Henri Nouwen’s From Fear to Love offered this on Friday as a Lenten devotional.
“It is important to learn to move from a “first loneliness” to a “second loneliness”. The first loneliness is a kind of emotional loneliness: needing friends, family, and home. But when all those needs are more or less met, you learn there is second loneliness. God is calling you to deep, personal intimacy, an intimacy that is wonderful and very demanding. God asks you to let go of many things that are emotionally, intellectually and affectively very satisfying. You must grow into the trust that this deeper loneliness is not to be overcome, but lived. You must live it with trust, standing tall. You must try to say, “yes, I am lonely, but this particular loneliness sets me on the road to intimacy with God. It does not pull me away from God or my deepest self, but brings me closer to the source of love in the depths of my being.
It’s very important for us to dare to welcome the fullness of our second loneliness because it relates to the oldest mystical traditions about the spiritual journey. The ‘dark night of the soul’ is another expression of the second loneliness. In a way, this loneliness opens us to personally know the true God. When we touch the darkness we know that God cannot be owned or grasped within the affections of the human heart. God is greater than our hearts, greater than our minds, always alive, always longing for a response.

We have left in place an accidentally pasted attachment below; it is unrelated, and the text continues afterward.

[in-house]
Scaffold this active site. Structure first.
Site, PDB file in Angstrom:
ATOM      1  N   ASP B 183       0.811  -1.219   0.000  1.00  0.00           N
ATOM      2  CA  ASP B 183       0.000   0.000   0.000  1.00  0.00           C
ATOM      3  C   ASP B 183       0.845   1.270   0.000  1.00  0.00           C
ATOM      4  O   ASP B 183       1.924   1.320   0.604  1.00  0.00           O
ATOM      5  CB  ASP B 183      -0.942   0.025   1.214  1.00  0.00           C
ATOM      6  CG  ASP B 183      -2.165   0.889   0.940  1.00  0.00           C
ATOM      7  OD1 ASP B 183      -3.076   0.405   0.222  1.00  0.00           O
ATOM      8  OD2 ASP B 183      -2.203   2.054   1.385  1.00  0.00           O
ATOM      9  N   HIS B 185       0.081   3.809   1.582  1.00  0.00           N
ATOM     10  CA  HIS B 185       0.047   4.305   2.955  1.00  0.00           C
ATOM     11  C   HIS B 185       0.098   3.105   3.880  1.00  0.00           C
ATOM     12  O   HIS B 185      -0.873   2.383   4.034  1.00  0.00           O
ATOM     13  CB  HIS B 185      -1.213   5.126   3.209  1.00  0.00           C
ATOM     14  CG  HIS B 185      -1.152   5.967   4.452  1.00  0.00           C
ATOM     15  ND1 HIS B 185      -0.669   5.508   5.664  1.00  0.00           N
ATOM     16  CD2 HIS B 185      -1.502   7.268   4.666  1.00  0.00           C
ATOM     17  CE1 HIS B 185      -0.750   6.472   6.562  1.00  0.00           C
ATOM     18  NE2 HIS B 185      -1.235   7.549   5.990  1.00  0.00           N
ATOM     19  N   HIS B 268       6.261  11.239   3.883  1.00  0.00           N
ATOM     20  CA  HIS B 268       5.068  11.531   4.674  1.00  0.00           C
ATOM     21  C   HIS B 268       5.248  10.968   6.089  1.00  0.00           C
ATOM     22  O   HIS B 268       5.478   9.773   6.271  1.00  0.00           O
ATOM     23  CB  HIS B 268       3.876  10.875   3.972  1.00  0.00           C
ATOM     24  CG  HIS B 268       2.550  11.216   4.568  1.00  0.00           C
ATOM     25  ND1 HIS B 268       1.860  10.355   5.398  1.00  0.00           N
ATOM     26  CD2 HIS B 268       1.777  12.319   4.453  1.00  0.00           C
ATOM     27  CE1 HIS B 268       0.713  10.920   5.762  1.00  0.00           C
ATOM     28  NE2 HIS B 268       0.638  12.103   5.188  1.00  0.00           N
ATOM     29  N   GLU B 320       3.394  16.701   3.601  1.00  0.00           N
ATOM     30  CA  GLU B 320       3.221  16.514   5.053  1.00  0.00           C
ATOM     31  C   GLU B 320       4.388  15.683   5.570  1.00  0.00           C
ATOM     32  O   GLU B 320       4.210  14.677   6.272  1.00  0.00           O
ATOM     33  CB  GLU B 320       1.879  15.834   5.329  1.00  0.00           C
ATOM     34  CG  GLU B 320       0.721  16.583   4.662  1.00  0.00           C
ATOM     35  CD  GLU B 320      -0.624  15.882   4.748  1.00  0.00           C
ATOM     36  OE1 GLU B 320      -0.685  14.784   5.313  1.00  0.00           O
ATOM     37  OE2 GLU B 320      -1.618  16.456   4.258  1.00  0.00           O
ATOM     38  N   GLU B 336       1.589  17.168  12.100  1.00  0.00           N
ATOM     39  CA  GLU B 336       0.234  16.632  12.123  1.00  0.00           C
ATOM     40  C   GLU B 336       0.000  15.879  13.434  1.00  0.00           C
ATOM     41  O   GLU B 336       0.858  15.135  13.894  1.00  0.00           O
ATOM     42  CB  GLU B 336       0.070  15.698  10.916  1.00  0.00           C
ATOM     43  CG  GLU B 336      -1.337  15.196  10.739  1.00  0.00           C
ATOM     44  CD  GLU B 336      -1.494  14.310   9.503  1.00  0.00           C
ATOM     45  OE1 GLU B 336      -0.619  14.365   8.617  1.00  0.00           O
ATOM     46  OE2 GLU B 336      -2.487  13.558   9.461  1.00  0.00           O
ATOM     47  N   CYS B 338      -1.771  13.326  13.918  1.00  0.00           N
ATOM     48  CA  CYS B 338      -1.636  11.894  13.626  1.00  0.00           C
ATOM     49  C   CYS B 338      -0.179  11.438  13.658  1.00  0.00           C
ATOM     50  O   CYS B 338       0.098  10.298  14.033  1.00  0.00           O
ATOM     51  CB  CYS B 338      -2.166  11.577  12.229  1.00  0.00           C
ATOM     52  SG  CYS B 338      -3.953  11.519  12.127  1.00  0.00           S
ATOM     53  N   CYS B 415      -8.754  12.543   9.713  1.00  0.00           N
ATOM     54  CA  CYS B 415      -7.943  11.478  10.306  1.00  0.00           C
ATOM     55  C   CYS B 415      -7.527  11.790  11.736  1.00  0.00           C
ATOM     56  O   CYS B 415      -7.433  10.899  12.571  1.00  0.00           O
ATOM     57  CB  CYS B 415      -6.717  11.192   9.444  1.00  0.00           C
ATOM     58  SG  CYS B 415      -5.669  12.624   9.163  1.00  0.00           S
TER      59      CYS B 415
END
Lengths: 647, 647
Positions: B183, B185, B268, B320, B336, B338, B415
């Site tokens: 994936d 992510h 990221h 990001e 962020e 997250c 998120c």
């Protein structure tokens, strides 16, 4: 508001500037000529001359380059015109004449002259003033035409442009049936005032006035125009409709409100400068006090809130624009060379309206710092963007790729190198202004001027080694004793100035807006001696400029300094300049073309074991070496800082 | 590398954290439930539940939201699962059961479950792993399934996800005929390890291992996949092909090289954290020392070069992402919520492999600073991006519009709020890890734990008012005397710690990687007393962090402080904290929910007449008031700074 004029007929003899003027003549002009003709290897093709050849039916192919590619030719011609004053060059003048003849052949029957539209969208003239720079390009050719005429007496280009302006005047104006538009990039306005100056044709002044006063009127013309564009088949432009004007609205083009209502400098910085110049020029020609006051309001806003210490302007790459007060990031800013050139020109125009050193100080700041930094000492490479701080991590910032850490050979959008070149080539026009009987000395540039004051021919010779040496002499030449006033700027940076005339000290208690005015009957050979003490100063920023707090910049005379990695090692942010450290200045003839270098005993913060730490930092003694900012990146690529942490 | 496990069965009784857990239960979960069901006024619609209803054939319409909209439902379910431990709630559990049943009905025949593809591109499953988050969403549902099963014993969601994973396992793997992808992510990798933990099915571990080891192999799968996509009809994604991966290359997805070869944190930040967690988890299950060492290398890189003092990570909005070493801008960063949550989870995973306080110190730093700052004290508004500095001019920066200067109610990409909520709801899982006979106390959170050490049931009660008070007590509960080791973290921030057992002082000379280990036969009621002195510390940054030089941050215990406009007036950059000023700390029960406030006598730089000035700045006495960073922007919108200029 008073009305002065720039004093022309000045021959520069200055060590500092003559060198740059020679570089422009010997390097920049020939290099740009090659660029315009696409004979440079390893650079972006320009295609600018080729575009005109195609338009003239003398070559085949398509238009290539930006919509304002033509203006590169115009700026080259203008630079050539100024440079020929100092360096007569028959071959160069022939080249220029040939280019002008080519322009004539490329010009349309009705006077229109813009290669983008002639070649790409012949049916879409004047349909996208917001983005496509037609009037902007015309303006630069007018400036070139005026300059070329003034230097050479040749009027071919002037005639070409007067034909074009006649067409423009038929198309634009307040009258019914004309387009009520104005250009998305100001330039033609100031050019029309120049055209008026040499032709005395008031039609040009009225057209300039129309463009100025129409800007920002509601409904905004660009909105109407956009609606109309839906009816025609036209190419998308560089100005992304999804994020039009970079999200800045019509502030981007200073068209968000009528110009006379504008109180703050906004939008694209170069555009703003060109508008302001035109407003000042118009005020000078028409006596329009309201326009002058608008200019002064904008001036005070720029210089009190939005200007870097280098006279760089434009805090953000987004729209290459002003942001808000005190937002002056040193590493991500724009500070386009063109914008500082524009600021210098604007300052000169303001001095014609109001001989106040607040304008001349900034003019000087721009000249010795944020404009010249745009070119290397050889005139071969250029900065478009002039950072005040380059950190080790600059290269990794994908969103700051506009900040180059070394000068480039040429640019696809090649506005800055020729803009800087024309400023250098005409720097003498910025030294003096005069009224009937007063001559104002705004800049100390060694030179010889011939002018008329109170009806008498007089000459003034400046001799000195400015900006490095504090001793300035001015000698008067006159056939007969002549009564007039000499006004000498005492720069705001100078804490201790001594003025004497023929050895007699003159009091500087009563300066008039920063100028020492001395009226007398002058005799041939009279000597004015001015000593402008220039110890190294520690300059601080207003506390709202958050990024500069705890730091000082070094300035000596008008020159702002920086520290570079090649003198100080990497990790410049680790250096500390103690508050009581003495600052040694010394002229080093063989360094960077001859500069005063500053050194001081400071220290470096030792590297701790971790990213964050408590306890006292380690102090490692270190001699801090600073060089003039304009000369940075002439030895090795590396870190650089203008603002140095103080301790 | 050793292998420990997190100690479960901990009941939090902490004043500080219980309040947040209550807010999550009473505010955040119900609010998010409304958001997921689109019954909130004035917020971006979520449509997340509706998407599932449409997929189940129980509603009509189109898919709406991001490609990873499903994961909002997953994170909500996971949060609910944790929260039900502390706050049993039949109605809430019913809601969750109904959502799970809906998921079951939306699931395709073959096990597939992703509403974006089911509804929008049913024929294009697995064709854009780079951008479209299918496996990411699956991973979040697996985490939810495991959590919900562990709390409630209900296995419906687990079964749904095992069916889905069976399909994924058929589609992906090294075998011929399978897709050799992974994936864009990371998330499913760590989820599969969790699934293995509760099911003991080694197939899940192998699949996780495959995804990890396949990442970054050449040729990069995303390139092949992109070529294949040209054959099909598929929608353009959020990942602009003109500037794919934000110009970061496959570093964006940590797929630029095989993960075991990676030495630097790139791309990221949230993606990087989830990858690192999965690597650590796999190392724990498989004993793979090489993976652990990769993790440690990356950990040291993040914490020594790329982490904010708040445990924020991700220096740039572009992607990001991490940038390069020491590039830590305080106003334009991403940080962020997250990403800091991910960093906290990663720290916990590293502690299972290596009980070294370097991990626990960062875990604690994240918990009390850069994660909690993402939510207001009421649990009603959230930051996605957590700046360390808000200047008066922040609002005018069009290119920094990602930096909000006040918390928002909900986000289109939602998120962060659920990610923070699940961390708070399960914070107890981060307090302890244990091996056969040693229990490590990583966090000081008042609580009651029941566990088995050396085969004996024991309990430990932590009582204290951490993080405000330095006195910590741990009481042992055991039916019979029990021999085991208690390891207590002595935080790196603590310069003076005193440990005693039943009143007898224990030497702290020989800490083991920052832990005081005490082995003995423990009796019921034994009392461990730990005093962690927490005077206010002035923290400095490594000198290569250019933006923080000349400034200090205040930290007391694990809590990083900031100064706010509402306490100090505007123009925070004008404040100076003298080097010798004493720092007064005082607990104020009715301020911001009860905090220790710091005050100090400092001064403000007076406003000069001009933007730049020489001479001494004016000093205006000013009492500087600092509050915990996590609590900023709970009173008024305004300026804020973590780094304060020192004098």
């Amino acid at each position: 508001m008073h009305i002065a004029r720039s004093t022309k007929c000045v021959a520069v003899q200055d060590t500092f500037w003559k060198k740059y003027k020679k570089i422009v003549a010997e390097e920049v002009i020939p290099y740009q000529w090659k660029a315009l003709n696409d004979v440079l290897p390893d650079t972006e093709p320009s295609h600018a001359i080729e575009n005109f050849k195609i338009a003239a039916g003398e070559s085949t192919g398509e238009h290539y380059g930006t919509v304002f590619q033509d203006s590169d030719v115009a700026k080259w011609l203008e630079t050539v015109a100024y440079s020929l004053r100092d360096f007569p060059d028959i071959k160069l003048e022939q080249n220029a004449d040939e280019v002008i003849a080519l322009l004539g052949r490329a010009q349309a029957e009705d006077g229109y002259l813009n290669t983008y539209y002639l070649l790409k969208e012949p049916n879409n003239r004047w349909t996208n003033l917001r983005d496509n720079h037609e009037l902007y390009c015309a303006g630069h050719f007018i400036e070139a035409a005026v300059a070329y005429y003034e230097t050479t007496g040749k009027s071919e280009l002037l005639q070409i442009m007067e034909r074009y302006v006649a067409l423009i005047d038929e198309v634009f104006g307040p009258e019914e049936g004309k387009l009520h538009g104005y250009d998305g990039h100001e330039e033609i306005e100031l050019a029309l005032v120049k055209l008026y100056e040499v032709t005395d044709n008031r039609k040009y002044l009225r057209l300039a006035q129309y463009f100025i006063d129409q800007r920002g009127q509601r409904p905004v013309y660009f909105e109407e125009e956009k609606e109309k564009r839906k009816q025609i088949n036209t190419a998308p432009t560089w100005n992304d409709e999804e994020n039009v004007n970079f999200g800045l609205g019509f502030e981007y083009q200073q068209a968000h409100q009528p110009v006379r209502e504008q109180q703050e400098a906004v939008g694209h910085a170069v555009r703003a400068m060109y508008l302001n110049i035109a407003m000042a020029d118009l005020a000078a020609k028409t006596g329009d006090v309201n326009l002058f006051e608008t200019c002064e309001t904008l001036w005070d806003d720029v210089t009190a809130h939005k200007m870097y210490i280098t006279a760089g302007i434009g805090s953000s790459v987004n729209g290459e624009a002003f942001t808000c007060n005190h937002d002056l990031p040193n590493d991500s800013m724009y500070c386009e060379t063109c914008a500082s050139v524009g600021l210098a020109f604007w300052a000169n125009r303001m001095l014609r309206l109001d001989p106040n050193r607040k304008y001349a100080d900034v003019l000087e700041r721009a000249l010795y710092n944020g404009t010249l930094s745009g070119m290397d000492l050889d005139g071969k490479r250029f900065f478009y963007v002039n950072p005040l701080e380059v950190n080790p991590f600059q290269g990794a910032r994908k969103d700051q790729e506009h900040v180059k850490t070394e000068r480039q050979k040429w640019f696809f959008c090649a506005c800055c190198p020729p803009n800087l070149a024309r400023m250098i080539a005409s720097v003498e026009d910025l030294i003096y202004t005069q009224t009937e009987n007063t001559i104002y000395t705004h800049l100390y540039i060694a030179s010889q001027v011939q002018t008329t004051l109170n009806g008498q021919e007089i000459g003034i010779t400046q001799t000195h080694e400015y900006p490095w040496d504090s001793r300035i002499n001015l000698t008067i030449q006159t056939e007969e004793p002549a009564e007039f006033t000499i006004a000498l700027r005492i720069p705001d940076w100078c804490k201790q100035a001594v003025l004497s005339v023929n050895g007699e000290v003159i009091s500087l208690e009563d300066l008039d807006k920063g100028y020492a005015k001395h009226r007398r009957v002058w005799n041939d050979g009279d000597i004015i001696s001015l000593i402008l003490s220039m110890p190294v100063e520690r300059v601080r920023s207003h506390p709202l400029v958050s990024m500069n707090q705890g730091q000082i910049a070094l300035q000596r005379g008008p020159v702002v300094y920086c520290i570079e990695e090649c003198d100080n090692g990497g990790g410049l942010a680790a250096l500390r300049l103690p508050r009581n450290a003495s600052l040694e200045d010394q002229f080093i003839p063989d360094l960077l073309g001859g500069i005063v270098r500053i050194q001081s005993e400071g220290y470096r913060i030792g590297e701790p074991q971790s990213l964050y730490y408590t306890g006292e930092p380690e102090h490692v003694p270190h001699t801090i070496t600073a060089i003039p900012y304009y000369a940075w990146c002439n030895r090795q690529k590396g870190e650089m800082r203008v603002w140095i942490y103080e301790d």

O everlasting God, lead me from fear to love and from loneliness to communion with you.”
He has captured the human condition. He is speaking about the place where such an overwhelming majority of people find themselves. They have, but feel as though they are empty. They are in relationship — often with more people than they can keep up with, really — but can go long lengths of time without connecting deeply with anyone.
Oh, to find a place where this is talked about, and confronted. Where people are real, and push you to be real, as well. Oh, to be a part of something larger than yourself, to be found in the embrace of God and in connection with people who are similarly embraced. Oh, to be in the Church.